HST201 History of the US to 1840
Examines cause and effect, and significant trends and movements related to political, social and economic ideas and events from Colonial times to 1840. History courses are non-sequential and may be taken in any term and in any order. Prerequisites: WR 115, RD 115 and MTH 20 or equivalent placement test scores. Audit available. (For detailed information, see the Course Content and Outcome Guide ).
Distance Education: Interactive Television + Web Course Information
- From the Instructor:
- In HST 201 (U.S. History to 1840) we explore what it means to be an American? What holds We the People of the United States together as a nation? We do not share a common race, ethnicity or religion. We do share a set of ideas. Everything we believe in as Americans our noblest ideals, our highest aspirations equality, liberty, self-government and the pursuit of happiness came from the colonial American experience. We go back to this founding era to reaffirm the ideals and values that bind us together. To be an American is to believe in something liberty and freedom. (G. Wood) But as Abraham Lincoln noted in 1864, We all declare for liberty, but in using the same word we do not all mean the same thing. Americans agree that these values are vital to our nation, but what do they mean, and how have their meanings been contested and changed over time? So, the bottom line is that, What made America free, and keeps it so, was not any single version of liberty and freedom but the interplay of many visions. (D. H. Fischer)
- Course Specific Requirements:
- This iteration of HST 201 is a pilot for connecting two Interactive Video Classrooms (IVC - one at Sylvania campus, the other in Newberg) together simultaneously. The exams, essays dropboxes and materials that supplement the required books will be available to you via D2L, so this type of course is also referred to as an Interactive Television + Web Course (ITWEB). Required Books (3) available at the Sylvania bookstore http://bookstore.pcc.edu/store1/SelectTermDept.aspx 1)Give Me Liberty! (Seagull Third Edition) ISBN 978-0-393-91189-3 (paperback) Two (2) copies of GML are on reserve in the PCC-SY library. 2)The Origins of American Constitutionalism by Donald S. Lutz. ISBN 978-0807115060 (paperback) 3)Benjamin Franklin by Edwin S. Gaustad. ISBN 978-0-19-536870-3 (paperback)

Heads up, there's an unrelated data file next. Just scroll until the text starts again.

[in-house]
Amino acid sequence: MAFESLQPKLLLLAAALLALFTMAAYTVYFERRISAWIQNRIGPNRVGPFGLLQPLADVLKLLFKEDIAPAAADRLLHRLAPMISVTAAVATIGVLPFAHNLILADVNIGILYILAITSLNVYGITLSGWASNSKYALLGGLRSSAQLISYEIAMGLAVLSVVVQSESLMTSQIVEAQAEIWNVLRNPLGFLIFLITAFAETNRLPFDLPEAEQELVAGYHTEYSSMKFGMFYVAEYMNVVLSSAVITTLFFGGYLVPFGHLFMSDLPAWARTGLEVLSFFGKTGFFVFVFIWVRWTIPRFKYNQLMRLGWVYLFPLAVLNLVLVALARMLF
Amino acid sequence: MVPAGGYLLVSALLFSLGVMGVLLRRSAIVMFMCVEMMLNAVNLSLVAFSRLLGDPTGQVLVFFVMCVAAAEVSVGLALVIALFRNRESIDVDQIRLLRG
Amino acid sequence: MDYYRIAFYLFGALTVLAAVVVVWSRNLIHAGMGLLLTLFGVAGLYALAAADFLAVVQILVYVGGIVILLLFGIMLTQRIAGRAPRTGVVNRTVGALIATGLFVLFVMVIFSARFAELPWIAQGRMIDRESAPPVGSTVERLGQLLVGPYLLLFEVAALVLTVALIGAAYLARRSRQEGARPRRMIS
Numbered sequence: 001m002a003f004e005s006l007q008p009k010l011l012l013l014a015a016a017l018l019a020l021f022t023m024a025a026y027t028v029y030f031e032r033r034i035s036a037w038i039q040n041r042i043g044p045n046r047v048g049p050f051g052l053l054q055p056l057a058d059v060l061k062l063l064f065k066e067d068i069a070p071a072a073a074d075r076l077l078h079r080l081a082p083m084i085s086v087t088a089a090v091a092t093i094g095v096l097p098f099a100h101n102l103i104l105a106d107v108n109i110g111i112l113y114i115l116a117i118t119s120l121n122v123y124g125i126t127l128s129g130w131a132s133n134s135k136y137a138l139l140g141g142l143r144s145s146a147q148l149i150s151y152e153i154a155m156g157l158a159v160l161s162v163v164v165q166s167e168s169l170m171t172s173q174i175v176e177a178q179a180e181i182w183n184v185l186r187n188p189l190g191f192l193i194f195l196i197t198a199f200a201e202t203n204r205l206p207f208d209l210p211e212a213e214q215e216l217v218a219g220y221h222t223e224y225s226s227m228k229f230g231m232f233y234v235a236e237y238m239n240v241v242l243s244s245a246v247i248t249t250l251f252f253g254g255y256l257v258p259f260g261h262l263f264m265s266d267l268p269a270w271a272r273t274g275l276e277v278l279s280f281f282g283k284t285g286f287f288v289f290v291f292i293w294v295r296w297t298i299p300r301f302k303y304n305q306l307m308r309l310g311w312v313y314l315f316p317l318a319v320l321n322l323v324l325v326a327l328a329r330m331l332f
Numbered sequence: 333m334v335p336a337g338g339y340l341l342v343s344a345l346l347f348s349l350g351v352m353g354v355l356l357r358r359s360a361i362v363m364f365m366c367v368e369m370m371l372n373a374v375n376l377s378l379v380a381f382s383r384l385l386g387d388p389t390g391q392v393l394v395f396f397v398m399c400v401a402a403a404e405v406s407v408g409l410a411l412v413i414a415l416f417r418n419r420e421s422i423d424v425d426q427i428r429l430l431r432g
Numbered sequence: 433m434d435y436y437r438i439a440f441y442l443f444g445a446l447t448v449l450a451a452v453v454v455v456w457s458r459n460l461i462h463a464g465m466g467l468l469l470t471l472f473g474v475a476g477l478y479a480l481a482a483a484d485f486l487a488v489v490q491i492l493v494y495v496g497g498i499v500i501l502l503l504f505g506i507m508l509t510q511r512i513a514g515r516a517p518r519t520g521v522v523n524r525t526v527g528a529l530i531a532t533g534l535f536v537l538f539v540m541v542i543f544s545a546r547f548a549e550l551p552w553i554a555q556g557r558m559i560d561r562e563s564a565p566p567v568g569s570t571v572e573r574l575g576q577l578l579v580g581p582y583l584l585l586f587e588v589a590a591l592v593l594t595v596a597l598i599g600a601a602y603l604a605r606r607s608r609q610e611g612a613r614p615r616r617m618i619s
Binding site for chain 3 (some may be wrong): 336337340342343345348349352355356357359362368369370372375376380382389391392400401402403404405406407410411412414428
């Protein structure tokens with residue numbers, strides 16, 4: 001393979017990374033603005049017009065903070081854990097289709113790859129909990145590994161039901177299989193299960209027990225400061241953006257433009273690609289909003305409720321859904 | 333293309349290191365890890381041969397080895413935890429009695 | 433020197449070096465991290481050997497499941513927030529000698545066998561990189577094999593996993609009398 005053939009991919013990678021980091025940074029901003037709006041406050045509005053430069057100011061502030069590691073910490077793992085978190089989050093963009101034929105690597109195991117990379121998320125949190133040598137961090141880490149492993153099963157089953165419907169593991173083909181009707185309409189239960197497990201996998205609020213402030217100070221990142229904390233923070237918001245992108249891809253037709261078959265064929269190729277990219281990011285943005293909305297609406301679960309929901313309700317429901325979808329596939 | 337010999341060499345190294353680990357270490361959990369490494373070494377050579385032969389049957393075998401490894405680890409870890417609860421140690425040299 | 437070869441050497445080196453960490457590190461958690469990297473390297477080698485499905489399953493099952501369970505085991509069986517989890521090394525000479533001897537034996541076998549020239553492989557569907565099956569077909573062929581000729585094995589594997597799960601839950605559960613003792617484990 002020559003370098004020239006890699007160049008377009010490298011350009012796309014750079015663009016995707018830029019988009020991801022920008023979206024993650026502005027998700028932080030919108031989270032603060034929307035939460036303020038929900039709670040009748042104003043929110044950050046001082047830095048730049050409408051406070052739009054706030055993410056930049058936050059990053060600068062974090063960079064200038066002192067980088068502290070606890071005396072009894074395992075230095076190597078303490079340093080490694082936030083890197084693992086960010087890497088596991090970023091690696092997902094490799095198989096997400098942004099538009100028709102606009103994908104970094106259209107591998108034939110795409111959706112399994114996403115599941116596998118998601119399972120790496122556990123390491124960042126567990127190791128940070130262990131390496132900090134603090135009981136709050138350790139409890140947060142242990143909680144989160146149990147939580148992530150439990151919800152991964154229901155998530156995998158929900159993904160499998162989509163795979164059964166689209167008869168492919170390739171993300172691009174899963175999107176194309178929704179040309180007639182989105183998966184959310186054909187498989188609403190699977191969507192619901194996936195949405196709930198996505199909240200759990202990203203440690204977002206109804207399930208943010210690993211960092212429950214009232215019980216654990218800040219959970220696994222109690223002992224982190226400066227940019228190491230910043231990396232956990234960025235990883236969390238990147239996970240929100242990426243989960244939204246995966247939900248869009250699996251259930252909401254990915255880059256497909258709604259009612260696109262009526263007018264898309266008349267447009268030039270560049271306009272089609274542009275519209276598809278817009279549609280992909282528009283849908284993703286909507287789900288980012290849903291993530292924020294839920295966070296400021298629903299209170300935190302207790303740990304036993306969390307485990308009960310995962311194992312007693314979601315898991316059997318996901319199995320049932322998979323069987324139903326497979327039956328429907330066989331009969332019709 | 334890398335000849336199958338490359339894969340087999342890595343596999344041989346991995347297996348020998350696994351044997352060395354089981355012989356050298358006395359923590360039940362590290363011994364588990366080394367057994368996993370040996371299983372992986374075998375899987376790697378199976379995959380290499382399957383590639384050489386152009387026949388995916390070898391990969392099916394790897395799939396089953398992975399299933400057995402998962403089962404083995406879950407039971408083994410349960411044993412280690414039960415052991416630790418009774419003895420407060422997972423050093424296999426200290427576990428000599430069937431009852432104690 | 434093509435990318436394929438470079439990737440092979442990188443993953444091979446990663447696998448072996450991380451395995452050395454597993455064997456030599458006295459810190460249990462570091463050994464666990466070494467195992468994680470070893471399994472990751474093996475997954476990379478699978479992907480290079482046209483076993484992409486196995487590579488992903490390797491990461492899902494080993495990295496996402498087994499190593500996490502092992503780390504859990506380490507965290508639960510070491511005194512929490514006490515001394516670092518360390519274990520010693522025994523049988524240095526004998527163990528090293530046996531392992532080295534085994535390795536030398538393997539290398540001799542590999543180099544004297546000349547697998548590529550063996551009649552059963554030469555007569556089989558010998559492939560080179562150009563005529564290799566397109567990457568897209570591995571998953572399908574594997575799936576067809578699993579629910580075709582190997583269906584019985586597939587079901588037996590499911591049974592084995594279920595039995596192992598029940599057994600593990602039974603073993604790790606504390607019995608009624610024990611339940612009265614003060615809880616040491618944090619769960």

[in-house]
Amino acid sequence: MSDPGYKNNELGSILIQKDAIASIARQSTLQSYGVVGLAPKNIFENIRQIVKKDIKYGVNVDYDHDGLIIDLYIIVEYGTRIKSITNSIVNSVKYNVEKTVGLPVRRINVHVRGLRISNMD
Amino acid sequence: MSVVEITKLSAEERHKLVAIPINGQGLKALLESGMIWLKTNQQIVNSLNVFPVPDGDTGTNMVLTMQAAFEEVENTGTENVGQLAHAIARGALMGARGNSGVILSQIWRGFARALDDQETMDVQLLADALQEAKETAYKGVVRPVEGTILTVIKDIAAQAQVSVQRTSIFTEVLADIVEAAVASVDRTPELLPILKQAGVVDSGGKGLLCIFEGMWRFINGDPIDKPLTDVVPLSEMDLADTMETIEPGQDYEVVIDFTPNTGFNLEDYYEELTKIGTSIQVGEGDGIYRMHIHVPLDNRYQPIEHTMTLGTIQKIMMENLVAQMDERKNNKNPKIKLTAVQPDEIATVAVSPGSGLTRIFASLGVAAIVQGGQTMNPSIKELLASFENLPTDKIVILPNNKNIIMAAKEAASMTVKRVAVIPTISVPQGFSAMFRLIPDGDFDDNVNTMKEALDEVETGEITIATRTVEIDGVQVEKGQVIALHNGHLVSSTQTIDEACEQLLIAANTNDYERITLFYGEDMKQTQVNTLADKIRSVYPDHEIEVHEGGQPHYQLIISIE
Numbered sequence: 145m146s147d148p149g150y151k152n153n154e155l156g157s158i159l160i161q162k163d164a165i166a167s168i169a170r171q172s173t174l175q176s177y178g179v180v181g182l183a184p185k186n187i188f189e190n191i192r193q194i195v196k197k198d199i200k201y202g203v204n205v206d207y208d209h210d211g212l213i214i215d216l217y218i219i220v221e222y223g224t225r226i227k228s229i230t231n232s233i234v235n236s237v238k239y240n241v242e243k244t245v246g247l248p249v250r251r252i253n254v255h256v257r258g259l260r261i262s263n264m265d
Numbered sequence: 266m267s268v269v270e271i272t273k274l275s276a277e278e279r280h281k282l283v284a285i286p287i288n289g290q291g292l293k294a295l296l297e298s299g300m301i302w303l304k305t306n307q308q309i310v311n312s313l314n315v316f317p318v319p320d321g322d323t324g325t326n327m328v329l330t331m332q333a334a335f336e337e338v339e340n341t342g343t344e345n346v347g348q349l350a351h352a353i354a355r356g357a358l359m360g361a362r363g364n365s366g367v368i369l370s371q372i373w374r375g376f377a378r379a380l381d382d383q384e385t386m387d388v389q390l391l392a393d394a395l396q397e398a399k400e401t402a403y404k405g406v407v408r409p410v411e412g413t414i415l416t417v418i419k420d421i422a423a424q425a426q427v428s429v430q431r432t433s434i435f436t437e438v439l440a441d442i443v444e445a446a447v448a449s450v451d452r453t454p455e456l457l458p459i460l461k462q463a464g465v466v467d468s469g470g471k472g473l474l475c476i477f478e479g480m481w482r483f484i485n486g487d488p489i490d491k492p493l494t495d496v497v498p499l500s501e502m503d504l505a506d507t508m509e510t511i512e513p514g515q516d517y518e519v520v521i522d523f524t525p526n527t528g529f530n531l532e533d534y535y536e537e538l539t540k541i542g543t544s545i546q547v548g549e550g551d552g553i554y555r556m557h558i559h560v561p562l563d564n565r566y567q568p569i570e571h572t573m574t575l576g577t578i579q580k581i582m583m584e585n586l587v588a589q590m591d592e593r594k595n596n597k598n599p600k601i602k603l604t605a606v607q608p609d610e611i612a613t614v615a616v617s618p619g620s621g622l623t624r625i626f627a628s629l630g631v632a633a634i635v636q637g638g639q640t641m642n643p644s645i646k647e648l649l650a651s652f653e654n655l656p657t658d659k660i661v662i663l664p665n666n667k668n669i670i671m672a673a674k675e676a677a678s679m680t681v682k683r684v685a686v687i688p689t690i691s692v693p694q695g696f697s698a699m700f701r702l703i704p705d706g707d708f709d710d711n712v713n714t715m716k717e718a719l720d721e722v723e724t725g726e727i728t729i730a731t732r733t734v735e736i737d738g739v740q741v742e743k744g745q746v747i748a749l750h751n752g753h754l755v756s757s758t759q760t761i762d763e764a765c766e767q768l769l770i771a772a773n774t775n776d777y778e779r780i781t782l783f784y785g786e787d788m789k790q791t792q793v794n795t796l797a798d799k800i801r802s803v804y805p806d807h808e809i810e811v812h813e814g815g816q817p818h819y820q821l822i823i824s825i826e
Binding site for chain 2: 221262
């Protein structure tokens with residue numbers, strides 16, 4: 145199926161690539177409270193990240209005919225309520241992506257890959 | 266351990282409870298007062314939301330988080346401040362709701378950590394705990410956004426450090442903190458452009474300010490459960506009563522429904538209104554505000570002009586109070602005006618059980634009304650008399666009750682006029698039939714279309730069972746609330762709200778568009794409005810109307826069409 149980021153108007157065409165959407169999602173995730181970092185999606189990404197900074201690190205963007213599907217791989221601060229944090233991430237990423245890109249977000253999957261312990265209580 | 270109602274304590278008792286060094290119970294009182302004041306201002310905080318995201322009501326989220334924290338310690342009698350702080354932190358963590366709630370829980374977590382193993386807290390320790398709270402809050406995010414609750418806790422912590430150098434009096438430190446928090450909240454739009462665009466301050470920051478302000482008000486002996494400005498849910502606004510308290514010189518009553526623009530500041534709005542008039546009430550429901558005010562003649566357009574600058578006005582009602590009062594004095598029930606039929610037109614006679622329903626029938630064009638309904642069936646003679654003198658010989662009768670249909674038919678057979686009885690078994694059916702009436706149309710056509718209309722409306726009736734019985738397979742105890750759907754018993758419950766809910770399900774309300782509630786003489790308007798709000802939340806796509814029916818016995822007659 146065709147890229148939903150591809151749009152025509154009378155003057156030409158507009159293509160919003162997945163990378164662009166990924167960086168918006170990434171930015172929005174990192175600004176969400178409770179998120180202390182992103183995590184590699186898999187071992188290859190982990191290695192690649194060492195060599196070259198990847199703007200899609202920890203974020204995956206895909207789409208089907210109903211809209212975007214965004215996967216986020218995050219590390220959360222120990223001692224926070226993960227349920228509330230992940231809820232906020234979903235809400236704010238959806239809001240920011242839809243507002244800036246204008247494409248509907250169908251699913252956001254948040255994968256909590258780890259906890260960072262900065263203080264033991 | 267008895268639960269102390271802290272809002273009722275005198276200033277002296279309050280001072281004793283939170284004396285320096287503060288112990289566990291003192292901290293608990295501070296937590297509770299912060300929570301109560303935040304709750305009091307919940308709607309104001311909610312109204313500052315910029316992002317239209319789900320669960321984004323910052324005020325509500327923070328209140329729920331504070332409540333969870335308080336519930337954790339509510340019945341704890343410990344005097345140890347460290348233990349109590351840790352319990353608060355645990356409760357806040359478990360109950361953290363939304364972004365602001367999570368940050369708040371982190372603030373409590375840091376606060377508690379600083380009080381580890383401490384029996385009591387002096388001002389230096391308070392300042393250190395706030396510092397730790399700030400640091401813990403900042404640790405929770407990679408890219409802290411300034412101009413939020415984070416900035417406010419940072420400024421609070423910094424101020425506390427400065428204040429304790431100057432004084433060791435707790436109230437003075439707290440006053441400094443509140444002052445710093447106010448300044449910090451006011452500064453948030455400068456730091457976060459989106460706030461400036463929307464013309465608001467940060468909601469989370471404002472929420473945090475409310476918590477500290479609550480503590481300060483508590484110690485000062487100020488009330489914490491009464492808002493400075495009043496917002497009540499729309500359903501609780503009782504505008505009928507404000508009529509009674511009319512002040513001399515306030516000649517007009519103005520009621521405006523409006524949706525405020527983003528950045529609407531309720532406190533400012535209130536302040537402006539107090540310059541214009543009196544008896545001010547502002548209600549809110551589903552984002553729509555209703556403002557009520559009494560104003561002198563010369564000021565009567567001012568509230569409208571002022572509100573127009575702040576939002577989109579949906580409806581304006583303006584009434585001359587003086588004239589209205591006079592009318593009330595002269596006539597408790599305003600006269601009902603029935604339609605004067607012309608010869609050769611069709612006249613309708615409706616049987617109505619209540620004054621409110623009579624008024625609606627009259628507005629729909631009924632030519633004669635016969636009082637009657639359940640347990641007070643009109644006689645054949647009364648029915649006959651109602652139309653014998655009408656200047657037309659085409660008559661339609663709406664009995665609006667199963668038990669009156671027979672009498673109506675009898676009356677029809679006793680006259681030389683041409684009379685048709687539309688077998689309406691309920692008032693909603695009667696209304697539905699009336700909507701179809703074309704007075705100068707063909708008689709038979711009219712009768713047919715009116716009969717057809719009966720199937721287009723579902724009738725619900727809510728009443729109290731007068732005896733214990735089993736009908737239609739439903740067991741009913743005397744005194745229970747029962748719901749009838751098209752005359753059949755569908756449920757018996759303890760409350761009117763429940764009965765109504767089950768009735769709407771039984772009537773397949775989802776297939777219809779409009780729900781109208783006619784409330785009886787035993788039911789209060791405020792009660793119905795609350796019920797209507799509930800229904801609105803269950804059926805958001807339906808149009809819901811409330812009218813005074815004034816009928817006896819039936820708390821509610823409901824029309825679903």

- Interactive Television + Web Technical Requirements:
- Please be sure to read the Technical Requirements for this delivery mode.
- Students with Disabilities:
- Students with disabilities should notify their instructor if accommodations are needed to take this class. For information about technologies that help people with disabilities in taking Web based distance learning classes please visit the Office for Students with Disabilities website.
This page includes limited results. See all available sections for this class.
- To register, you need the CRNs (ex. 22398) of your selected classes.
- Please note that for many courses, additional fees may apply.
- To find textbooks, you need the CRN, Campus, Term & Course Number (ex. BA101).
|CRN||Campus / Bldg / Rm||Time||Days||Dates|
|ITWEB »||26877||Newberg Education Center / NEC / 111||09:00 AM-10:50 AM||TuTh||01-Apr-2014 thru 12-Jun-2014|
Instructor: John M Shaw
Notes: Newberg course linked via interactive television to Sylvania
Tuition: credit Fees: $0.00
For information, contact Sylvania